Chapter 8: Iamata and Healing Cult
Asclepius with his daughter Hygieia (behind) and a female patient, votive relief, Piraeus, c. 350 BC

Chapter Introduction

The final section of this course examines healing cult, the iamata inscriptions from Asclepius’ sanctuary at Epidaurus, and anatomical votives used in some healing sanctuaries. There were several divinities associated with preventative and curative medicine, such as Athena Hygeia and Zeus Hypsistos, but the primary gods were Apollo and, especially, his son Asclepius, who began as a hero but came to be worshipped as a god. The majority of healing sanctuaries were dedicated to Asclepius and named after him, the Asclepieia. The greatest of all of these was at Epidaurus, located on the northeastern side of the Peloponnese in mainland Greece.

As this chapter’s readings describe, the major parts of the healing process were incubation (sleeping) and epiphany (when the god appears to the patient, typically in a dream or waking vision). Various literary and epigraphic sources describe this process, such as Aristophanes’ play Wealth and the famous iamata (“miraculous healings”) inscriptions from Epidaurus. We also see this process reflected in stone relief sculptures, such as those found at the Asklepieion on the southern slope of the Athenian acropolis.

The sources, below, include a short documentary on Asclepius and a lecture about the site of Epidaurus and the history of Greek healing cult. The readings provide more detail about healing epiphanies, the related inscriptions, and the various types of anatomical votives found at Asclepieia in Corinth and Attica. While these anatomical models together express the diseased body as dismantled, they also reflect the hope that by healing a part, the person will once again become whole.

Tasks: Complete the assignments, below, then go to the Blackboard course page.
Don’t forget that you’ve also been assigned primary source reading: Greek Religion, V. Warrior, Chapter 6 pp. 107-112 (Incubation and Healing) and Chapter 14 pp. 258-260 (14.23-14.27). Take the Module Test and contribute to Discussion Topic 7. You have TWO WEEKS to complete this Module.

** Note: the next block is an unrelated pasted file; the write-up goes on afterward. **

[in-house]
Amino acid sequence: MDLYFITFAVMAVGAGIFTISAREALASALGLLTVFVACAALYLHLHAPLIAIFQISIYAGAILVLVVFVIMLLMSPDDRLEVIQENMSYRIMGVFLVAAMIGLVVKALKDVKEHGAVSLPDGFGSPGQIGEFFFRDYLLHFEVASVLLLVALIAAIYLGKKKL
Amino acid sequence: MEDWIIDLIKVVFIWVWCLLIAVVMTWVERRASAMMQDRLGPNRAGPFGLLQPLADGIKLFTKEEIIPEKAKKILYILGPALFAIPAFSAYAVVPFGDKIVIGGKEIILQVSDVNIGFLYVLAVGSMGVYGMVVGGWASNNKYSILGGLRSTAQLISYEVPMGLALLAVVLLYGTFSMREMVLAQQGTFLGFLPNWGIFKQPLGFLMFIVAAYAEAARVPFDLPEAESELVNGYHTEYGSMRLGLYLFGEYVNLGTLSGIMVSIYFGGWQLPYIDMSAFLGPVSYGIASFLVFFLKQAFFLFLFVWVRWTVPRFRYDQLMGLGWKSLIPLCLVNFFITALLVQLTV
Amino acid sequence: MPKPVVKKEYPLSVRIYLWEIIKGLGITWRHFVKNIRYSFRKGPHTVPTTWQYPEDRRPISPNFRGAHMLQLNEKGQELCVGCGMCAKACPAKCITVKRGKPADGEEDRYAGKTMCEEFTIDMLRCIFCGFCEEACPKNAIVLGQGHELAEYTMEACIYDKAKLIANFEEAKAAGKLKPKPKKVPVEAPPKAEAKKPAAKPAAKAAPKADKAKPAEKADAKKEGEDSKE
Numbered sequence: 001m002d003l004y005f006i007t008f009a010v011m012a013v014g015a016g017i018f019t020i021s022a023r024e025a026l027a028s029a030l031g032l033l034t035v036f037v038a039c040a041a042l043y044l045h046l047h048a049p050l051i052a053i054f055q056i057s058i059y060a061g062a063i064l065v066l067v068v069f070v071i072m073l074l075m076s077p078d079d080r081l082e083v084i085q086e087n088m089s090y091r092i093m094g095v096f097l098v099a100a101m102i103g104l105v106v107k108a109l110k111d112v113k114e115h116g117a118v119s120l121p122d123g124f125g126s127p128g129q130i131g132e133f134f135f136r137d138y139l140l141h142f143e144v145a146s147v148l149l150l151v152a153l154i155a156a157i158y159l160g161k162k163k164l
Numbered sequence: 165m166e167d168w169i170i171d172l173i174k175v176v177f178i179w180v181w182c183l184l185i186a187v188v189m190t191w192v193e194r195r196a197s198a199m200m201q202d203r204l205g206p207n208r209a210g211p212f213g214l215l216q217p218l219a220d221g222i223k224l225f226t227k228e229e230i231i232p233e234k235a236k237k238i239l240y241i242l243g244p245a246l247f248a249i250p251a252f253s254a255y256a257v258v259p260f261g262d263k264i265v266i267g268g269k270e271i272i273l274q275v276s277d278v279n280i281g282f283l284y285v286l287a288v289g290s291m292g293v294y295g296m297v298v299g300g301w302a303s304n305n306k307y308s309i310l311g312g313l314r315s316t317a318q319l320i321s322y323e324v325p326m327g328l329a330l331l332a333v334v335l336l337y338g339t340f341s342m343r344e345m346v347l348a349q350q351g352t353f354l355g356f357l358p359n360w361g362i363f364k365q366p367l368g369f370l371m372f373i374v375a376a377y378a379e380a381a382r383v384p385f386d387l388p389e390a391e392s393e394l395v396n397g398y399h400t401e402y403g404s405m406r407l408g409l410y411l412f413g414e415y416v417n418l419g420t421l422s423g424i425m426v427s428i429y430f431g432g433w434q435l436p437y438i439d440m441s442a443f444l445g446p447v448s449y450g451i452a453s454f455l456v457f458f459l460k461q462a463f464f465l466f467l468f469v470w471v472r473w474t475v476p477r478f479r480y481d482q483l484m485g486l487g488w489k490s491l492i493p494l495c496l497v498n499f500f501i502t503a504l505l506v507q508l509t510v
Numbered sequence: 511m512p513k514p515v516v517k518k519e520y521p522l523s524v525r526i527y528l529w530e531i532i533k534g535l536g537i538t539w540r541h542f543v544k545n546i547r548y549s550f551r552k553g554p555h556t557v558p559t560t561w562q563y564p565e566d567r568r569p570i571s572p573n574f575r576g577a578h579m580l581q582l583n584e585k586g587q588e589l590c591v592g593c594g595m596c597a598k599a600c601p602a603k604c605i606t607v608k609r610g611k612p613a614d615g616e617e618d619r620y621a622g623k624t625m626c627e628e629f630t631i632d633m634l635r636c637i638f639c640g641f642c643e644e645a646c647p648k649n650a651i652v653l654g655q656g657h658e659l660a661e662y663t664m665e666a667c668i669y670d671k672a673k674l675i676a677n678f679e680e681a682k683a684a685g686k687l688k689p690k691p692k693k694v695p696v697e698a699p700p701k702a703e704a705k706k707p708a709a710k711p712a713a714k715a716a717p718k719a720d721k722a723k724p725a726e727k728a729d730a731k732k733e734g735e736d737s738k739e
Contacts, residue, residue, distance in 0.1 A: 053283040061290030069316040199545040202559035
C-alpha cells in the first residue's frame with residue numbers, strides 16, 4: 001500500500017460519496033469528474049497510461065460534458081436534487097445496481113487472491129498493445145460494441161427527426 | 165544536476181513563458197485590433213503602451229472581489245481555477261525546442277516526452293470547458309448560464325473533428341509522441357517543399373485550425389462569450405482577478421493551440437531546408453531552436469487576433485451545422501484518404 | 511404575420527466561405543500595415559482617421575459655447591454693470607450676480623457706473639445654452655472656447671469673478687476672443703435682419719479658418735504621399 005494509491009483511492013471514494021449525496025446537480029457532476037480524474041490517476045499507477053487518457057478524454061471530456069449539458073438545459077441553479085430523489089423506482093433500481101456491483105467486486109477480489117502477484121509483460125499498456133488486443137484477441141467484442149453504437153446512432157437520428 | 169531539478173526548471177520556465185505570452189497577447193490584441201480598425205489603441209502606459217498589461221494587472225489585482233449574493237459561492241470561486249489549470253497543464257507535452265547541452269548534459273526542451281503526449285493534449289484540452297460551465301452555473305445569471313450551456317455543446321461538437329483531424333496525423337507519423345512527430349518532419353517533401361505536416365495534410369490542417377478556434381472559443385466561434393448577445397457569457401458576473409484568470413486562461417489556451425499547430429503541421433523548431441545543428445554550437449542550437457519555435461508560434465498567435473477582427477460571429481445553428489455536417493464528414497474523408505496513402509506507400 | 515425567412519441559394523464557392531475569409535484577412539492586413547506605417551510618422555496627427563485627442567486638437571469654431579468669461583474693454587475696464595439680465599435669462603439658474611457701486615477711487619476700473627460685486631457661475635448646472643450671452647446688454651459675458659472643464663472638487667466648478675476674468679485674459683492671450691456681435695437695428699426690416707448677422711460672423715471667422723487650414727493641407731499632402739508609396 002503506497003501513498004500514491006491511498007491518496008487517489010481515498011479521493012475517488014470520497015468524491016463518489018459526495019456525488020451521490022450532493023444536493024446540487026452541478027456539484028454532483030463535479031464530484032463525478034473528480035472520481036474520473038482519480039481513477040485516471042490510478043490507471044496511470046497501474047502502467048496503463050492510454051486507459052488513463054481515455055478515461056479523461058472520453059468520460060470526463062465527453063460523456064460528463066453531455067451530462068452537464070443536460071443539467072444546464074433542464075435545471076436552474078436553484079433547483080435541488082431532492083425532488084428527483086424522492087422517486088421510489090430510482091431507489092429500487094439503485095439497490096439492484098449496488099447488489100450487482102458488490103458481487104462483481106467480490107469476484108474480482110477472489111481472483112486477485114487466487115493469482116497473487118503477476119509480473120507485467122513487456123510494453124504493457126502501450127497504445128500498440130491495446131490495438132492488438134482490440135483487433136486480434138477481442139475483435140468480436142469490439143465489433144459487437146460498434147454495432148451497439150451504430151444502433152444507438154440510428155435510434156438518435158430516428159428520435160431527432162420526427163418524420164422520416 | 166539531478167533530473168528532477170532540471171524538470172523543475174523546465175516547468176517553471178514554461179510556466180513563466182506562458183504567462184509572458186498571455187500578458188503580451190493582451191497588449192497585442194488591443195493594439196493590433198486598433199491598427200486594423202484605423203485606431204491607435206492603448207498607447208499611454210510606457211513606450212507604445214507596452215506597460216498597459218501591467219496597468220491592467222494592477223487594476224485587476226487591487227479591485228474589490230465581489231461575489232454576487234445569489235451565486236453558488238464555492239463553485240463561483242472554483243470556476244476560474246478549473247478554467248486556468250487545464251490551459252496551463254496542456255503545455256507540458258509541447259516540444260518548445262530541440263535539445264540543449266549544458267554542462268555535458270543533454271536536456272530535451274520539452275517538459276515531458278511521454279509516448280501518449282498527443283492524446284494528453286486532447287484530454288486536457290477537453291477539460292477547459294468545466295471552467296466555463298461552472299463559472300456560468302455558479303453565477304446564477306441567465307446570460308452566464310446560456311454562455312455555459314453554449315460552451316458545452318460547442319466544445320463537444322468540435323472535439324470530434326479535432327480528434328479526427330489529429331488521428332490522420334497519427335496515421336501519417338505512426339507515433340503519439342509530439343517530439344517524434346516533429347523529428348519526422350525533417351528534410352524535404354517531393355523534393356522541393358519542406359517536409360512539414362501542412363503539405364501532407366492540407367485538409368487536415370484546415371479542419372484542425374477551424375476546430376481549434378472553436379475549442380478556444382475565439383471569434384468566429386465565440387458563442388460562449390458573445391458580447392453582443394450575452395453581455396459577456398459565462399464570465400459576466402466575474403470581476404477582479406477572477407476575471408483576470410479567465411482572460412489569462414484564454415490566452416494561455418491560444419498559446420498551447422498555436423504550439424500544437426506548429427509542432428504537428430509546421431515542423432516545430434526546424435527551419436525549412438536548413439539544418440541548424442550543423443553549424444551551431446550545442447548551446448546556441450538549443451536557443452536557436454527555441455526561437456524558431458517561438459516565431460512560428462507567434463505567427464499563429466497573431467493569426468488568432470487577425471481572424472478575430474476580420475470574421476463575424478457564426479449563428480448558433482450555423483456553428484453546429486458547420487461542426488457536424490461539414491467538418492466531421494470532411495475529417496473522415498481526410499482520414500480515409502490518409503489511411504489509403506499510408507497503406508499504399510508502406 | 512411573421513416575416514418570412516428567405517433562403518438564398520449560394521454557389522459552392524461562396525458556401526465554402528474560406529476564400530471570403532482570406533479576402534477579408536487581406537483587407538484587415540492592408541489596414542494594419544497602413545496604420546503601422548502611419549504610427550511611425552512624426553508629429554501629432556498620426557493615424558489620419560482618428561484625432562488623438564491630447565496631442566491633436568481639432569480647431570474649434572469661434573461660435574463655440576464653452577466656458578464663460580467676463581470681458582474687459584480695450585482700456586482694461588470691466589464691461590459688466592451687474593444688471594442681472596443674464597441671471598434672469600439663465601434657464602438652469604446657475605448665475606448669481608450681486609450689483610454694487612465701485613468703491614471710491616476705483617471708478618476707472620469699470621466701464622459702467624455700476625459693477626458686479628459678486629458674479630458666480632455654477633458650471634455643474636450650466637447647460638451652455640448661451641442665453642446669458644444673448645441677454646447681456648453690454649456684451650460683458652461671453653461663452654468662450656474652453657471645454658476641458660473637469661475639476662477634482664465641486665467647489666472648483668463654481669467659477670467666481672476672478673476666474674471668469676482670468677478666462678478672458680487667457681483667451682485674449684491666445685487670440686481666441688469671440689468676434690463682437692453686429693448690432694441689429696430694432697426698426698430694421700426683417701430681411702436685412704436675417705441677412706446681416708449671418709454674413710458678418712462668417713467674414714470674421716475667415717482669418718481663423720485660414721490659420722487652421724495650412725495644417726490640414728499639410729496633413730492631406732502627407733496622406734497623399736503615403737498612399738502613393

NB: The Module Test will involve questions from Readings 1-3. Discussion Topic 7 refers to the assigned reading from the sourcebook.

This chapter includes the links to the assigned material (see below). When you click the links, you may have to log in with your CSU library ID and password. PDF copies of all of the readings are available in the One Drive folder (see the left-hand menu of the course Blackboard page for the link to One Drive).

*Documentary: Asclepius: the Greek god of medicine (YouTube, 9:50 min.)

*Lecture: Epidaurus Revisited: The History of Health (Prof V. Lambrinoudakis; YouTube; 29:06 min.)

* The documentary and lecture are included for background information. Although you will not be tested on them, you should watch them first so that you are better prepared to understand the reading material.


Reading 1: “Healing Epiphanies”, G. Petridou, Divine Epiphany in Greek Literature and Culture (2016)

Reading 2: “Dream Healing in Asclepieia in the Ancient Mediterranean”, L. Cilliers and F. P. Retief in Dreams, Healing, and Medicine in Greece, ed. S.M. Oberhelman (2013)

Reading 3: “Fragmentation as Metaphor: Anatomical Votives in Classical Greece, 5-4th centuries BC”, J. Hughes, Votive Body Parts in Greek and Roman Religion (2017)



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